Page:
—However, the first and last portions, which set up and resolve the framing narrative, really start to show the way forward for Pratchett. Instead of adding in a plot to frame his hilarious, small scenes, building the scenes because of a central plot works better: usually seems to force parts of a novel to connect to other parts.
It looked like the sort of book described in library catalogues as "slightly foxed", although it would be more honest to admit that it looked as though it had been badgered, wolved and possibly beared as well.


3. These characters engage when I’m reading them. There are some new characters, and some changes to the characters from the last novel.
—Pratchett still uses some characters to play with fantasy tropes. Cohen, a new character, contrasts nicely with Hrun, the barbarian hero of the last novel. Where in the last novel, Pratchett pushed the barbarian hero cliché to extremes, here he flips the trope, sort of. What happens when the hero grows old? This echoes Beowulf in some ways, but instead of the old, unbeaten king palsy shaking and pissing himself in the corner, Cohen still badasses with the best of them. However, he’s lost all his teeth and sometimes his back or knees give out in the middle of a fight. He’s more Conan than Hrothgar, but it’s Pratchett, so he’s playing with both traditional characters simultaneously. Much of the humor in the second section comes from Cohen, this octegenarian barbarian hero — proving it’s not what Pratchett does, but how he does it.
—But he also begins to use characters to provide discussions on more foundational issues of humanity and reality. Instead of Rincewind and Twoflower’s relationship being used only to lambast tourism, here it’s a cynical, insightful look a couple of layers deeper into the tourist psychology and life philosophy. Instead of just saying, “tourists do stupid stuff,” he’s saying, “tourists do stupid stuff out of ignorance, and a really stupid tourist is one who attempts to persist in their ignorance, though ignorance is sometimes essential in extreme situations.” He uses Rincewind’s cynicism to explore why tourists are both breathtakingly beautiful thinkers, and abysmally idiotic ignoramuses. He shows why ignorance can be bliss, and why it can be deadly. This begins to show Pratchett’s genius.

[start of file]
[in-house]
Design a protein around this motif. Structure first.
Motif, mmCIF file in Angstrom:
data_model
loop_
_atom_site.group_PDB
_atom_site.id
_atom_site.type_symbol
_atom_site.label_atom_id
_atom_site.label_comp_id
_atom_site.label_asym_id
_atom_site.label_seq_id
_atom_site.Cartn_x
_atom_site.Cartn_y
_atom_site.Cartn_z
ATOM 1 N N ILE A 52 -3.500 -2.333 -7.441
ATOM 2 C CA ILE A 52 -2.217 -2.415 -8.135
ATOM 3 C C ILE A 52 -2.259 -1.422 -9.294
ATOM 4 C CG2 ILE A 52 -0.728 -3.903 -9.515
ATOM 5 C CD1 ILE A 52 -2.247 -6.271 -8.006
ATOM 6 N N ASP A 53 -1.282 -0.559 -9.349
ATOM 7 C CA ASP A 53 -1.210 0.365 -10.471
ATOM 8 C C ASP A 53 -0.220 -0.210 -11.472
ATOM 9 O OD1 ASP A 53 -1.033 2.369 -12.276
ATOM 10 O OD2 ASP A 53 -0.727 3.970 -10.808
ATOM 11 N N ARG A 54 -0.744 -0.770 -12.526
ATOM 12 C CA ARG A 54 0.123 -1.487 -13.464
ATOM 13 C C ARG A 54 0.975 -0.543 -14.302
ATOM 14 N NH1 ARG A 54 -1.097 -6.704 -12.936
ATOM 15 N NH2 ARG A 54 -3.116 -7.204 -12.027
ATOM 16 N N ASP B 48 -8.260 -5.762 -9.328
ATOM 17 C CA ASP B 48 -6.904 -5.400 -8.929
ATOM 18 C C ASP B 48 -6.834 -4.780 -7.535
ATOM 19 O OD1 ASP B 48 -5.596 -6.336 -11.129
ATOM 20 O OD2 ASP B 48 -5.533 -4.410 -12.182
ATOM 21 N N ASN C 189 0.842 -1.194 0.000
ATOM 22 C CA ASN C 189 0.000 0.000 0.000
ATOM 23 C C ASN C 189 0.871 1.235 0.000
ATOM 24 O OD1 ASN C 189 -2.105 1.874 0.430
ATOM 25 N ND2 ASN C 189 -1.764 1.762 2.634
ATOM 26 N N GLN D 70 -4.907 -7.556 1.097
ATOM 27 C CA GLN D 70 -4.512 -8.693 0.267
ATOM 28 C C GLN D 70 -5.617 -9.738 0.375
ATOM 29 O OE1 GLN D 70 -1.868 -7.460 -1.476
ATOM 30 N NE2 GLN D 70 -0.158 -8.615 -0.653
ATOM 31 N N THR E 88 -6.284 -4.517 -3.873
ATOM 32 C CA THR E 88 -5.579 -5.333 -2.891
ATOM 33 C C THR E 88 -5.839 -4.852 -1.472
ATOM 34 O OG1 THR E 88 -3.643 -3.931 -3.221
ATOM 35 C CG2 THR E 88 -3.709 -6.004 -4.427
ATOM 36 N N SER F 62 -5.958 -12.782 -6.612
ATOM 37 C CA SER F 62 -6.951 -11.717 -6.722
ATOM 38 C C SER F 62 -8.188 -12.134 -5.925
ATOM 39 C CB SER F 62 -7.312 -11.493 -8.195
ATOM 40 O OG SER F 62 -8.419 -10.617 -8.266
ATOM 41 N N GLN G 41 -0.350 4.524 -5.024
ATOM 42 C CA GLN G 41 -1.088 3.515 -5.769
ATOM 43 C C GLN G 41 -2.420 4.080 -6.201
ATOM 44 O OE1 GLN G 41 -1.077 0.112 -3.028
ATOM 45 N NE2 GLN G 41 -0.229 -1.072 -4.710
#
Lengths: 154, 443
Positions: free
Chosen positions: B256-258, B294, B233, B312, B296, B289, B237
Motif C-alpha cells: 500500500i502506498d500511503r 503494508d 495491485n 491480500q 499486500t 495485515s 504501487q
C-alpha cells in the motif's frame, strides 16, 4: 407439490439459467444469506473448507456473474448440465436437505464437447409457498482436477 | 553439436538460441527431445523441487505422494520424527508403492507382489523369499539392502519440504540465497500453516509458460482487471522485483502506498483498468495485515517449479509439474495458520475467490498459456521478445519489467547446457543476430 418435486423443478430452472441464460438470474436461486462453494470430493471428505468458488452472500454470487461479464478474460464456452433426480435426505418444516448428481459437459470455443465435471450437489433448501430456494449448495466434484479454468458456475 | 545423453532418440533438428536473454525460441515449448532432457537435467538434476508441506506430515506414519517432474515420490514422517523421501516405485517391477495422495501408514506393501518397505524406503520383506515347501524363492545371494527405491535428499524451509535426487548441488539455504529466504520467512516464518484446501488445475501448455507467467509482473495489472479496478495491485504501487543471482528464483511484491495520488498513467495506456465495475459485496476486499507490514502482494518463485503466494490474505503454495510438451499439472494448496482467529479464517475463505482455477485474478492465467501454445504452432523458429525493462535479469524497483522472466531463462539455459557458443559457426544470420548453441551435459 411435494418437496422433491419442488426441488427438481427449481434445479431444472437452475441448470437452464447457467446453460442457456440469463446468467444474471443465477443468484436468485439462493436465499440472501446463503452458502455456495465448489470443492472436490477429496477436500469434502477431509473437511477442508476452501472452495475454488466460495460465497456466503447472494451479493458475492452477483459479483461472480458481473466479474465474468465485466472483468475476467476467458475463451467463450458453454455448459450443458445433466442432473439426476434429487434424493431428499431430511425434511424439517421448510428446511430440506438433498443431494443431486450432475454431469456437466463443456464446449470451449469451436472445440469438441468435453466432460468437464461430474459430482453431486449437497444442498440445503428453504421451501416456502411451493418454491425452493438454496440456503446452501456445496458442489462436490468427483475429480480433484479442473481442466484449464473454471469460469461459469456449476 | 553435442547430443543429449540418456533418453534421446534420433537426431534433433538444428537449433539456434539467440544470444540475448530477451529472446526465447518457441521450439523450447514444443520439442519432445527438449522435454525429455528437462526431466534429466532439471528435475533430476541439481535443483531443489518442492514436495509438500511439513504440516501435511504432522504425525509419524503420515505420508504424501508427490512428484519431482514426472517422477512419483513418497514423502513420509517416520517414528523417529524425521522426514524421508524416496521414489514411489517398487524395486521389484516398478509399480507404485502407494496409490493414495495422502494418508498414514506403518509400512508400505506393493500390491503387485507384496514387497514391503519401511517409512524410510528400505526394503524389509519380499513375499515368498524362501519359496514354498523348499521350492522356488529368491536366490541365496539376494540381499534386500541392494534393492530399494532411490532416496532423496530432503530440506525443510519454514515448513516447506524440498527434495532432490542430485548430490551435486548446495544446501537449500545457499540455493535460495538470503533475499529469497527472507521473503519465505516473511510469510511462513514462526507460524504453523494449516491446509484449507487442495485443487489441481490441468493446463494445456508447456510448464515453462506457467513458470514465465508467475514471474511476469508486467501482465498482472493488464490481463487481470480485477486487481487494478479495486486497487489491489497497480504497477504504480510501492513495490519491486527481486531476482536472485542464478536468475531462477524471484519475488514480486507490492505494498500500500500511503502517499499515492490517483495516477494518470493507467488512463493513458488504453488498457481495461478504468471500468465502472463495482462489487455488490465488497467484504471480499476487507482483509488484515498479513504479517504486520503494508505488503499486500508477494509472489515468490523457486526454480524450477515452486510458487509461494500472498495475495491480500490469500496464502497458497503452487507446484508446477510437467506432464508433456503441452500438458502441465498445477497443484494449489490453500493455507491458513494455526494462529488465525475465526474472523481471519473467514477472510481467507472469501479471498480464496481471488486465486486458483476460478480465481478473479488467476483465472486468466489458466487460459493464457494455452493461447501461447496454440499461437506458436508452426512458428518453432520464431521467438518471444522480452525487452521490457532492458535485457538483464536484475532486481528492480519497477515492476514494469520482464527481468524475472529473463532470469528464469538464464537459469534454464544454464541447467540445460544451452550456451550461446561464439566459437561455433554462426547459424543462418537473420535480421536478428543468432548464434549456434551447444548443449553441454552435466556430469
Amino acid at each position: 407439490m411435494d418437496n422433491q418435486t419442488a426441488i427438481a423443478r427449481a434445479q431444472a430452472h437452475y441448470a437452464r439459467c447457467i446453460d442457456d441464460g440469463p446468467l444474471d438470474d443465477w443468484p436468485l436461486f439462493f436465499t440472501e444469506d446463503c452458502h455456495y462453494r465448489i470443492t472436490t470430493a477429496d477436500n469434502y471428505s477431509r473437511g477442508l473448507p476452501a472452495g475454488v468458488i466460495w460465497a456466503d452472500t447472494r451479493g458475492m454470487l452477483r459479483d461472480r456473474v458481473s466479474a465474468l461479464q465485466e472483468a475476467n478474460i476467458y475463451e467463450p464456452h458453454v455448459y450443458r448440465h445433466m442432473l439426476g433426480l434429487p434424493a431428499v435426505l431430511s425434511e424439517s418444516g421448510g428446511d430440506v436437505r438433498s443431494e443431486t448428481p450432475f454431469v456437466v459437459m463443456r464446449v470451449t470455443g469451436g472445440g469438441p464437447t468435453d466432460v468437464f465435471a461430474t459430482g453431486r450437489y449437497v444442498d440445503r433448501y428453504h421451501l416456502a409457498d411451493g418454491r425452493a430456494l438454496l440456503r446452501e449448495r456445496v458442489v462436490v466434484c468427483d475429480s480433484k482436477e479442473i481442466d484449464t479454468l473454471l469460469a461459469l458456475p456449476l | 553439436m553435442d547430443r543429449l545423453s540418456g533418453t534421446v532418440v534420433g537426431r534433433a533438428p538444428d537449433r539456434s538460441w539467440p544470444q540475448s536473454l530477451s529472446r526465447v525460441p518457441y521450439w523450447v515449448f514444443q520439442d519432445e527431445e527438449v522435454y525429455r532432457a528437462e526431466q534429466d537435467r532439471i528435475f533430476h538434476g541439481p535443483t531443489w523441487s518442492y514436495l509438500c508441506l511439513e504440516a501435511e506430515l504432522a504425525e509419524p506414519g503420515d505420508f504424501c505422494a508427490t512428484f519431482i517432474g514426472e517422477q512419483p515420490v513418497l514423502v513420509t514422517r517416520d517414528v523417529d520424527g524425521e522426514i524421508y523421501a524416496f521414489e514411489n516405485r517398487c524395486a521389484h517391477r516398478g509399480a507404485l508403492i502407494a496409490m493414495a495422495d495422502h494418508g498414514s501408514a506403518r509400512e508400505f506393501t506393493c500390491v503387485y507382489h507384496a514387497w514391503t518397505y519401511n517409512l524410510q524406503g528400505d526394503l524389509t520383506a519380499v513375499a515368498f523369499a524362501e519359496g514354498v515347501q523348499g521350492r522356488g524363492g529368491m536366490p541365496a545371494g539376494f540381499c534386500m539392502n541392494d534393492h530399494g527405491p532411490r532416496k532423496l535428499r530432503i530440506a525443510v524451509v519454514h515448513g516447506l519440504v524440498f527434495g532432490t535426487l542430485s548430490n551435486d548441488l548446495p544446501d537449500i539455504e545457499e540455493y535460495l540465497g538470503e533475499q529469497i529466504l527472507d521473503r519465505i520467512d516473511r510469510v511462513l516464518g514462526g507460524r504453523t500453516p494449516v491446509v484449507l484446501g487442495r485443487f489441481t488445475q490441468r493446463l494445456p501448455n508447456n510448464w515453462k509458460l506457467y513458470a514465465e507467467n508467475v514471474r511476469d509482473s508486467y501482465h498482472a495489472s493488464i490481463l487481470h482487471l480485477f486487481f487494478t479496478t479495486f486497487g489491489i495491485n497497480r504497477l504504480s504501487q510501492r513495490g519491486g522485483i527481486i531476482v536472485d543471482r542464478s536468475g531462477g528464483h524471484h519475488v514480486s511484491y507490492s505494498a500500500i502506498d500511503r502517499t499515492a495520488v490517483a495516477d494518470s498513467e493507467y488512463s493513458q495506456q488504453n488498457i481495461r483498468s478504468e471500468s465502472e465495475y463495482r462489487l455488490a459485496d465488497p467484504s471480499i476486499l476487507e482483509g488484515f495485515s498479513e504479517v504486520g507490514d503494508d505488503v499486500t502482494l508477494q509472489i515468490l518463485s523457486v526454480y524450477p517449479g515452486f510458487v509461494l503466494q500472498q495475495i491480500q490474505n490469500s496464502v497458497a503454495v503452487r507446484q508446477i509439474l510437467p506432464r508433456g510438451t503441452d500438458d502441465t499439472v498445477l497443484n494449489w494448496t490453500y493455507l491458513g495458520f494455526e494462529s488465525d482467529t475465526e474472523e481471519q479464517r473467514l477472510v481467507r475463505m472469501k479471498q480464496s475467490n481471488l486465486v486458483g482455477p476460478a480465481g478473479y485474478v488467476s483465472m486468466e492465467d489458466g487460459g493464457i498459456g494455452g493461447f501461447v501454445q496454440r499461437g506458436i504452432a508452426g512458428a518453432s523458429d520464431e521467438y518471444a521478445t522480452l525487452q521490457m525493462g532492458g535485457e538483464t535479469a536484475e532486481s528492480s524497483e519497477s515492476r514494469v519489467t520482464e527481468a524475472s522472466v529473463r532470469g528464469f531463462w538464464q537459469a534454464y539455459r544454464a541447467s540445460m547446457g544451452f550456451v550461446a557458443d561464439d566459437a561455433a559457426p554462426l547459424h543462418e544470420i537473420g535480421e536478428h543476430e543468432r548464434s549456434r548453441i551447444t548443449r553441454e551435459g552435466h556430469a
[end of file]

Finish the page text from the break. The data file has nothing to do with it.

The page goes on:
Twoflower didn't just look at the world through rose-tinted spectacles, Rincewind knew—he looked at it through a rose-tinted brain, too, and heard it through rose-tinted ears.

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'I expect everything will turn out all right in the end,' said Twoflower.
Rincewind looked at him. remarks like that always threw him.
'Do you really believe that?' he said. 'I mean, really?'
'Well, things generally do work out satisfactorily, when you come to think about it.'
'If you think the total disruption of my life for the last year is satisfactory then you might be right. I've lost count of the times I've nearly been killed--'
'Twenty-seven,' said Twoflower.
'What?'
'Twenty-seven times,' said Twoflower helpfully. 'I worked it out. But you never actually have.'
'What? Worked it out?' said Rincewind, who was beginning to have the familiar feeling that the conversation had been mugged.

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It’s not that he doesn’t appreciate beauty, he just appreciates it in his own way. I mean, if a poet sees a daffodil he stares at it and writes a long poem about it, but Twoflower wanders off to find a book on botany.


4. This story starts to build past the just poke holes, Blazing Saddles tactic used in the last novel: here Pratchett begins to rebuild fantasy in his own way. But he only starts to—he only hints at the ways he will rebuild in the future.
—For instance, he uses Rincewind and Twoflower’s relationship to get deeper into the cultural consciousness. Or, instead of playing Cohen up merely for laughs, he uses it to point out a glaring hole in fantasy literature: an old Conan doesn’t exist. Conan is always on the come up, never on top. But Conan does so much so well that he attains the top at the end of each volume. He must give it all up between novels, but it’s Conan, so he must give it all up by choice. What kind of person would continually fight for power, wealth, and prestige just to always give it up? What reasons could there be for these actions? It’s probably wanderlust and a fear of commitment that keeps driving him away. What would this hero trope actually look like when examined fully, with real human motivations and thinking? Especially after he has turned old. This doesn’t just poke holes, it starts to use the hole poking to illuminate the way humans work.